The entities and their Promoters / Promoter Groups as defined within the SEBI (Issue of Capital & Disclosure Requirements) Regulations, 2009 must be ‘fit and proper’ to be qualified to market payments banks. RBI would evaluate the ‘fit and proper’ status of the applicants and group entities based on their record of sound credentials and integrity; financial status and capability and a minimum of 5 years of professional experience or in running their businesses.


From the above research, it can be concluded that Payment banks are getting the foremost popular medium of digital transactions. India is moving towards a cashless and digital economy, which is more feasible and adaptable about the recent technological and economic trends. It is viewed as a wise strategy towards financial inclusion, the method of ensuring access to appropriate financial products and services needed by vulnerable groups like weaker sections and low-income groups at a reasonable cost during a fair and transparent manner by mainstream institutional players.

 However, the competition between traditional and payment banks will cause widening and improvement in the quality of banking services which can finally lead to financial inclusion. In comparison, it’s too early to interpret or judge the competency of Payment banks concerning well-established banks. This move is additionally a plus to ‘Pradhan Mantri Jan Dhan Yojna’.


  • What are Payment Banks?
    • A Payment Bank is like any other bank but works on a smaller scale without including any credit risks which means it can receive deposits and offer remittances only. It cannot issue loans and credit cards. It aims to revolutionize financial services. These sorts of banks are useful for low-income households, small businesses, and any other unorganized sector.
  • How is it helpful?
    • A few of its advantages are: it offers zero balance account which means there’s no penalty on zero balance in payment banks account. A high rate of interest is given by the payment banks as compared to commercial banks to draw in deposits. Some added benefits of payment banks are accidental insurance, open-end funds. It will help people in rural areas where they don’t have access to bank connectivity. Now they will use their account through their mobile phones and it also yields in high profits of the banks as there’s no infrastructure cost.
  • How many Payment Banks are in action currently?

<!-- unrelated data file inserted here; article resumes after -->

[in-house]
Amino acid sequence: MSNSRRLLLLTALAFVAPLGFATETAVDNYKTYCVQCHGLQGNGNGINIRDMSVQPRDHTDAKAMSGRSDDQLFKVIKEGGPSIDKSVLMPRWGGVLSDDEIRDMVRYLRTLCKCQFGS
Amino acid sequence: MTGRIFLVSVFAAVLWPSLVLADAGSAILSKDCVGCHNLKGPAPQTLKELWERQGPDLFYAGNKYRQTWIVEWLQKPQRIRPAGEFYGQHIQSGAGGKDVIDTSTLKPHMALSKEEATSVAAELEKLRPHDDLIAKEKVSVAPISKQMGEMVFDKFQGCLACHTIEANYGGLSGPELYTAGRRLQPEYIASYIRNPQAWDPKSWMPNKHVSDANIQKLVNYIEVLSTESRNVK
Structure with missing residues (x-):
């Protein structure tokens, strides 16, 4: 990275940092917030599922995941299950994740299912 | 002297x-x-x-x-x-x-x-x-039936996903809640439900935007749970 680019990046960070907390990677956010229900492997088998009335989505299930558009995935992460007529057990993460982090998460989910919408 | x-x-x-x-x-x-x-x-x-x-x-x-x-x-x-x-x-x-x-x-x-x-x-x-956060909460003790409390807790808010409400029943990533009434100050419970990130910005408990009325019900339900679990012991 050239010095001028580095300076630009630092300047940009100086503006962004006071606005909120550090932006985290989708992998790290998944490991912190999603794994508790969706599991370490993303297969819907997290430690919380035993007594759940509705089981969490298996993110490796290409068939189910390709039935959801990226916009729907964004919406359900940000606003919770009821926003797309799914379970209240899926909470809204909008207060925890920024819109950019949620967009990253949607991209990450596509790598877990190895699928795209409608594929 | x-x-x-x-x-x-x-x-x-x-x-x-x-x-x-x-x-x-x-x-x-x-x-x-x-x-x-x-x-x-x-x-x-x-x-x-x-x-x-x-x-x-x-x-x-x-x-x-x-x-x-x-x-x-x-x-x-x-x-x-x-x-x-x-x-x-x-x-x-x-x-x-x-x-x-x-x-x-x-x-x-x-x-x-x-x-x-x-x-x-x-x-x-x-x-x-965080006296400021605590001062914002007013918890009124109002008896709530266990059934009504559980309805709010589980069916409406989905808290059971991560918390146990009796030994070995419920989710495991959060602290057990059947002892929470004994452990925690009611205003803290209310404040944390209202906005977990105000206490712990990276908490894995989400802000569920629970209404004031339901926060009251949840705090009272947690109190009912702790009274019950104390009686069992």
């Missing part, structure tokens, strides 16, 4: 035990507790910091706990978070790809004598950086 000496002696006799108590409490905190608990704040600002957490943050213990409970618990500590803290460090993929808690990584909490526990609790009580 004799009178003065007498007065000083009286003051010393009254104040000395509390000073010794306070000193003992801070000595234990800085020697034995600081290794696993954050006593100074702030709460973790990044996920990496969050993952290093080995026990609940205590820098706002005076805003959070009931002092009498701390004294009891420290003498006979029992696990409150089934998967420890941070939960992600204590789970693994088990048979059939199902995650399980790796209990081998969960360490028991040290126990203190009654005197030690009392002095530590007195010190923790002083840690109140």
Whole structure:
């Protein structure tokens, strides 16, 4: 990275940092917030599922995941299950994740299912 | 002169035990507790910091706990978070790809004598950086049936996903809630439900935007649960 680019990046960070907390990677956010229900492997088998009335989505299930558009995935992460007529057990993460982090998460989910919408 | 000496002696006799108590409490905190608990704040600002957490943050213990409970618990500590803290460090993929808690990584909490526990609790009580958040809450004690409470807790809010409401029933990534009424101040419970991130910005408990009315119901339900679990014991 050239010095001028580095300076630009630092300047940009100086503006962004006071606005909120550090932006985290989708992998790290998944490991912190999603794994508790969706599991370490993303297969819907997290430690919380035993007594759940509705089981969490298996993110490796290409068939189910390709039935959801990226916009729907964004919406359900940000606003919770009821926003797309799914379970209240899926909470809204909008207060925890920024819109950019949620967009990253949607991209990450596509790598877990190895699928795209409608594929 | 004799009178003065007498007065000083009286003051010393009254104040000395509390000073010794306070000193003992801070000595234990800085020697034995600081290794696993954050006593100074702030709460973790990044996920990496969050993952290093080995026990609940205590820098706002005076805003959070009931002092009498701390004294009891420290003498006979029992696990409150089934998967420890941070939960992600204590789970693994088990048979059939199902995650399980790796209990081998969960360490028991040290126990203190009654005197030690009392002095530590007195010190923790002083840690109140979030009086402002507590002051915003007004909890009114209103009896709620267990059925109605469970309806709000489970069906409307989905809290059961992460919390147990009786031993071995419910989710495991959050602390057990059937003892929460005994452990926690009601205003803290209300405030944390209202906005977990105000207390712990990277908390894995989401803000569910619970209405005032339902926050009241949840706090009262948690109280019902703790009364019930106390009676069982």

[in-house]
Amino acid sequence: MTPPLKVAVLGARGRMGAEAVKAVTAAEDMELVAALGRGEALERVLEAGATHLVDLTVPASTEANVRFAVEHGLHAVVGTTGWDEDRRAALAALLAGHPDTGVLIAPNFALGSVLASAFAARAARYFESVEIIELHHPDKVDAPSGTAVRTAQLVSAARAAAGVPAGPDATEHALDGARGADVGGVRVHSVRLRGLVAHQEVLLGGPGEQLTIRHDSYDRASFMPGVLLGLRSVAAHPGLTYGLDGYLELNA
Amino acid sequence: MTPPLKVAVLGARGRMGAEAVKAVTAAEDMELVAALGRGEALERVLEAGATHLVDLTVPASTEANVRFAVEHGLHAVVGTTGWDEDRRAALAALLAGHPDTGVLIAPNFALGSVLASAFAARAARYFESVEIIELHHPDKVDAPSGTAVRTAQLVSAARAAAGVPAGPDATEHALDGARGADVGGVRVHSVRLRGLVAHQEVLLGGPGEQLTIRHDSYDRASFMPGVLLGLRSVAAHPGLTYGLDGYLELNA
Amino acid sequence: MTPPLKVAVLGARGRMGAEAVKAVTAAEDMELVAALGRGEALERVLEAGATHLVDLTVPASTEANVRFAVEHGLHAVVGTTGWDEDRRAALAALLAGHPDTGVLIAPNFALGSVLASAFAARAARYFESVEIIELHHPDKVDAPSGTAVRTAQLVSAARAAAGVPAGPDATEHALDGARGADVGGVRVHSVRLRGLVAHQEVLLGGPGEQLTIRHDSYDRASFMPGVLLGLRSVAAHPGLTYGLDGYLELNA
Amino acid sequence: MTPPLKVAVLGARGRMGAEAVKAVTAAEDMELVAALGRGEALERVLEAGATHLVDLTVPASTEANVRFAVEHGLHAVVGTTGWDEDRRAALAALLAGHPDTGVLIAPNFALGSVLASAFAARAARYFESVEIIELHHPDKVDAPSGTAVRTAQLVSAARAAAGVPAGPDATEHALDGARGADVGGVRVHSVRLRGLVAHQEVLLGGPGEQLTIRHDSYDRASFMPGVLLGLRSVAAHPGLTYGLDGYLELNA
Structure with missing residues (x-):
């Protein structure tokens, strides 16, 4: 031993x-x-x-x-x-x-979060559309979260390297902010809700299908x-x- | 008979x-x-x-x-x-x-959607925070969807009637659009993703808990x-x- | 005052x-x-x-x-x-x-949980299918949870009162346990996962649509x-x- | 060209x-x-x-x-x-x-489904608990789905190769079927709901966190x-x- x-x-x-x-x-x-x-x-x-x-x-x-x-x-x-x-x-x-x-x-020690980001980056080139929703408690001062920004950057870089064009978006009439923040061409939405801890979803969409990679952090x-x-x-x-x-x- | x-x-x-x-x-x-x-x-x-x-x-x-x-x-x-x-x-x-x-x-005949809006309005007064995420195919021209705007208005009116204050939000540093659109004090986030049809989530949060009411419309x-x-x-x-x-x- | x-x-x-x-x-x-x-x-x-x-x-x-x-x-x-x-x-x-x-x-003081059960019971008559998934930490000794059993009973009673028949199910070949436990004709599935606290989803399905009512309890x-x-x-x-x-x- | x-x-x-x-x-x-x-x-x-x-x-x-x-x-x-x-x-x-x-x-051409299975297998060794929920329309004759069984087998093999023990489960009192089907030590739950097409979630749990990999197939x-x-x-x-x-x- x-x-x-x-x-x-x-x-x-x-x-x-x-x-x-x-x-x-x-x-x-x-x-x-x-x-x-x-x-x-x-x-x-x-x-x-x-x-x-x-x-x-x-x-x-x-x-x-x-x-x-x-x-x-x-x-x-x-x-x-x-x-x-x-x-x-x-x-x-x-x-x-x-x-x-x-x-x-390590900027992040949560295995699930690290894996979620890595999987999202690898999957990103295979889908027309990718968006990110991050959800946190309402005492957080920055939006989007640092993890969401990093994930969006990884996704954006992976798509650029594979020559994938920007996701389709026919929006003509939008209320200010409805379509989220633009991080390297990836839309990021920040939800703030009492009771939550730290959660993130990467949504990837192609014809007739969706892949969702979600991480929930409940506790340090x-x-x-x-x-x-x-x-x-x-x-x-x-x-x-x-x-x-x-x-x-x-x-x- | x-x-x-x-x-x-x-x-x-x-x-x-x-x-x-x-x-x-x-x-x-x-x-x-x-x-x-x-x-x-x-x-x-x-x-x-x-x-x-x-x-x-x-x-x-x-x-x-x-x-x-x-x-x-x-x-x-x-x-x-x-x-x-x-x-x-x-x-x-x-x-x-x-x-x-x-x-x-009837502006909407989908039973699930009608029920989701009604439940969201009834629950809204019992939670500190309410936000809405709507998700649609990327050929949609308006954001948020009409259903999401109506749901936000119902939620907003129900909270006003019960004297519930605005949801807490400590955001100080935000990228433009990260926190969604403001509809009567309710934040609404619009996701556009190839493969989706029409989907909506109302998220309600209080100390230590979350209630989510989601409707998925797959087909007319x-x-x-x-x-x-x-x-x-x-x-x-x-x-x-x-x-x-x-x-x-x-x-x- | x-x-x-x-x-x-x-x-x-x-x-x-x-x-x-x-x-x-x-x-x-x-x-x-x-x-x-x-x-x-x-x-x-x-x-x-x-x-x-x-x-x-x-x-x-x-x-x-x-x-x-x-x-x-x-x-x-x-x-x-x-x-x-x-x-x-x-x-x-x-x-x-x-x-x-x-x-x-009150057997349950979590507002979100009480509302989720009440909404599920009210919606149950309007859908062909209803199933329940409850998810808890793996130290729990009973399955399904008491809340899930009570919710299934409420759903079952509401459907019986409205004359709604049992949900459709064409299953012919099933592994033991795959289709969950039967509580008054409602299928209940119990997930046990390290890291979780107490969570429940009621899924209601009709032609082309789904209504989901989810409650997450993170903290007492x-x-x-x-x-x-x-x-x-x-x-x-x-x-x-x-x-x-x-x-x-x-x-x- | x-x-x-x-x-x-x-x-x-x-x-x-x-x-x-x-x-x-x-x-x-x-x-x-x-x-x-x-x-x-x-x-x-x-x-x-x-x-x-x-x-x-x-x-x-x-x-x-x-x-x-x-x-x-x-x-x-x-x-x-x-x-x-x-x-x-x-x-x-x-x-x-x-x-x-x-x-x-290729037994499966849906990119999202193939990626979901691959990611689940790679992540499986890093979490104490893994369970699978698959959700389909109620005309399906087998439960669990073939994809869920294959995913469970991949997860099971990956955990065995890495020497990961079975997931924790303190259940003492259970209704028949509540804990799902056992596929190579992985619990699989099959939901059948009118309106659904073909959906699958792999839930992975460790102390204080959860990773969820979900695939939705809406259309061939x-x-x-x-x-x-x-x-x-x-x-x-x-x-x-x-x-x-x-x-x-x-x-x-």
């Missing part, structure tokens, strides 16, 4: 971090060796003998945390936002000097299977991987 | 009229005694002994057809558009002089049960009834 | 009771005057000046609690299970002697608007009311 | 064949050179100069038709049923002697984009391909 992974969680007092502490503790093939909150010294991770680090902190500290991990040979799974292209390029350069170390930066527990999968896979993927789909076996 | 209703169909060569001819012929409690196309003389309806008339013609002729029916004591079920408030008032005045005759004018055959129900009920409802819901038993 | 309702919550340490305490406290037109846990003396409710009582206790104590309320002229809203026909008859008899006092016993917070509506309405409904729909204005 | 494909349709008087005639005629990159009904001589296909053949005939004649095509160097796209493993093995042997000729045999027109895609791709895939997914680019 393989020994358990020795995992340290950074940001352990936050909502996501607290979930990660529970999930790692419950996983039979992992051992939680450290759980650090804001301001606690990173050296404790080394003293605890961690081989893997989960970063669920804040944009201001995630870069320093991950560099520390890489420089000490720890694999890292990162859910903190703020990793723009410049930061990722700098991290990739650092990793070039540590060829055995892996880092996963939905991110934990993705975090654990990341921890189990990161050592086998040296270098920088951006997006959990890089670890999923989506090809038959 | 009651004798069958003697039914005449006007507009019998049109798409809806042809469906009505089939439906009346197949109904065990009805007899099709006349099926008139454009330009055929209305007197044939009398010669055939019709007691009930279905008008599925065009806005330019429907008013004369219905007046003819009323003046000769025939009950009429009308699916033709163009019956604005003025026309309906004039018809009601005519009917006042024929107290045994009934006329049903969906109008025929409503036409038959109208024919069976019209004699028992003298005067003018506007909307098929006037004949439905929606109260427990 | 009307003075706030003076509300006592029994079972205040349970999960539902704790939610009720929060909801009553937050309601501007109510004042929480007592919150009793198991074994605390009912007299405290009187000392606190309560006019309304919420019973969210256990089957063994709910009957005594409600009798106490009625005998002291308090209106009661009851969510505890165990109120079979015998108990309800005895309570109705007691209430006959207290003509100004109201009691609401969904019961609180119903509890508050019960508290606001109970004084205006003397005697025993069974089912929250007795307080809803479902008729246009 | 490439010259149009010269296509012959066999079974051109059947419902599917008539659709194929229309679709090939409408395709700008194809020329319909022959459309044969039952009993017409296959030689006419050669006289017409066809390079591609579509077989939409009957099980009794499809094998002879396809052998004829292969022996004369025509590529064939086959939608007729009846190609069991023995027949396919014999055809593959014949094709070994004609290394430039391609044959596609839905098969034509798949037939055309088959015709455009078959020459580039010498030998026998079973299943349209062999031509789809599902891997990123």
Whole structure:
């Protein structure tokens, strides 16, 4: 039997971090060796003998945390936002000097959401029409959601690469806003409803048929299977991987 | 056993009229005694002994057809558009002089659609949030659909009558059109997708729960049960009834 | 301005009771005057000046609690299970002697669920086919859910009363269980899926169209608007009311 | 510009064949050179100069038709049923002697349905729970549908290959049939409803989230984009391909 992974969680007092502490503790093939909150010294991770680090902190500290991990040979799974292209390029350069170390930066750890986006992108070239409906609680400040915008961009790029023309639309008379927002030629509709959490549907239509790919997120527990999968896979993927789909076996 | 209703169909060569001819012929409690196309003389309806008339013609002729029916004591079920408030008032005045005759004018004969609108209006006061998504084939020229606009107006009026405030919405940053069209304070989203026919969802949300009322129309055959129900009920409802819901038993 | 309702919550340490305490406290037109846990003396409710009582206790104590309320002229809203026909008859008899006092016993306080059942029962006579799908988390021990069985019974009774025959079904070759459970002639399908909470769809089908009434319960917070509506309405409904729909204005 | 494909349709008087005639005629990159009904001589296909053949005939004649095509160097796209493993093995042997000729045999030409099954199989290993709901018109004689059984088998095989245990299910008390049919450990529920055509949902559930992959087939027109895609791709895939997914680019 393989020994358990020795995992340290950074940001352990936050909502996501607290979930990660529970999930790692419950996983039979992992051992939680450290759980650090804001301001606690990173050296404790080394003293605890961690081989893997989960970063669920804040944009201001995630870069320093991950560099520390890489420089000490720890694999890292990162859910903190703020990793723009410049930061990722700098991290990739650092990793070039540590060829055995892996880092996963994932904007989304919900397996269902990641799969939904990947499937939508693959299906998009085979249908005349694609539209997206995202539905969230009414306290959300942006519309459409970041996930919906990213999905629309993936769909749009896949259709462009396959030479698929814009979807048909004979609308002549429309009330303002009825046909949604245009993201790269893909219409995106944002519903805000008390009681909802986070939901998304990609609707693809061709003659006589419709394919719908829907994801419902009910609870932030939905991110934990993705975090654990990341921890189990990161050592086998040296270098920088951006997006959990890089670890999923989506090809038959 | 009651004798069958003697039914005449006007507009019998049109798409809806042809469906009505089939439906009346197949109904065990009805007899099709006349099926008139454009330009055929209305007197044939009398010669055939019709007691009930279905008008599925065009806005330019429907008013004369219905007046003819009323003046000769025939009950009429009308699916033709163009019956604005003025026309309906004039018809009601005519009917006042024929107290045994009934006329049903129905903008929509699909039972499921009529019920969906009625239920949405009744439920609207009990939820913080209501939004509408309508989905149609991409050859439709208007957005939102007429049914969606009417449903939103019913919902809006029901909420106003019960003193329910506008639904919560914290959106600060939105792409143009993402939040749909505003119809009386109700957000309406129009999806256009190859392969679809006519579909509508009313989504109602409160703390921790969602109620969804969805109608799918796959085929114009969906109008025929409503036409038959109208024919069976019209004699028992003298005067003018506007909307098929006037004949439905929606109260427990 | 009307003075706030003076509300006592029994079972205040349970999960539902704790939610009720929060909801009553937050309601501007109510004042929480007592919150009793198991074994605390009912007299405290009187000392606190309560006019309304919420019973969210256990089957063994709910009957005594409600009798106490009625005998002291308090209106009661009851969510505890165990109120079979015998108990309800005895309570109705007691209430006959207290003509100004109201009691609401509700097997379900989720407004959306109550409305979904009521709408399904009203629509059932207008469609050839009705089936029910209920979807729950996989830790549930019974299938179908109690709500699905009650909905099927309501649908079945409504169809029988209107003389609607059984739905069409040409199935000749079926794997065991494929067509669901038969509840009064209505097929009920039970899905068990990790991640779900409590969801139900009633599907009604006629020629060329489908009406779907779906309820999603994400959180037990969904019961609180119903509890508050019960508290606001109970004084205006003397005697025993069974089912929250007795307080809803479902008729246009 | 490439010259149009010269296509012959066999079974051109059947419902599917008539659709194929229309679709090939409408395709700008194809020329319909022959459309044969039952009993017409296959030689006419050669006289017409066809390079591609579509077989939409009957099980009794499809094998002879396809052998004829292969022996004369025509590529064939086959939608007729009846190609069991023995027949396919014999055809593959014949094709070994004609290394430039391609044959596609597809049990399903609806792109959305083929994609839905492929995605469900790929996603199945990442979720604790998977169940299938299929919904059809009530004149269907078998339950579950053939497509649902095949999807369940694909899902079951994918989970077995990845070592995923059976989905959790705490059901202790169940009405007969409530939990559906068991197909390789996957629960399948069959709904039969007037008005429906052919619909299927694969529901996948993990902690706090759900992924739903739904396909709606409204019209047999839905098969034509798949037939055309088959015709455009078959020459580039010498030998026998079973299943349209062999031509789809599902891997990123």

• The RBI gave license to a total of 11 payment banks among which only 6 have received the license. Initially, 7 of them started but one of them shut their services down, i.e. Aditya Birla Payments Bank. Six of them are:
    1. Airtel Payments Bank
    2. Fino Payments Bank
    3. Jio Payments Bank
    4. NSDL Payments Bank
    5. India Post Payments Bank
    6. Paytm Payments Bank.

Among these six, 3 are operating: Airtel Payments Bank, Paytm Payments Bank & India Post Payments Bank.

  • How are Payments Bank different from pre-paid wallets?
    • Payments Banks are often confused with prepaid wallets but there is quite a difference among them. Though open e-wallets let users perform activities like withdrawal of money at ATMs or banks and transfer funds they don’t offer interests on money deposited. E-wallets aren’t banks but just online wallets used for storing money to facilitate transactions.
  • How does it work?
    • The new entities are created to simply accept deposits through basic bank accounts of up to ₹ 1 lakh from each individual. Though the entity may issue debit cards, it’ll not be allowed to issue credit cards. It also can distribute open-end fund units or insurance products that are non-risk in nature. Interestingly, these new entities can become business correspondents of universal banks and offer services like credit on banks’ behalf.


  1. Pallab Sikdar, Amresh Kumar (May 2017). Payment Bank: A catalyst for financial inclusion. Asia-Pacific Journal of Management Research and Innovation DOI: 10.1177/2319510X17696648
  2. Dr.V. Ramesh Naik, P.Firdous, P.Harika (2018). A study on the role of Payment Banks in India- Financial Inclusion.
  3. Sandesh D’Souza (October 2018). Payment Bank: A Revolutionary step of Indian Post Payment Bank towards financial inclusion. Journal of Emerging Technologies and Innovative Research (JETIR) JETIRG006021, Volume 5, Issue 10.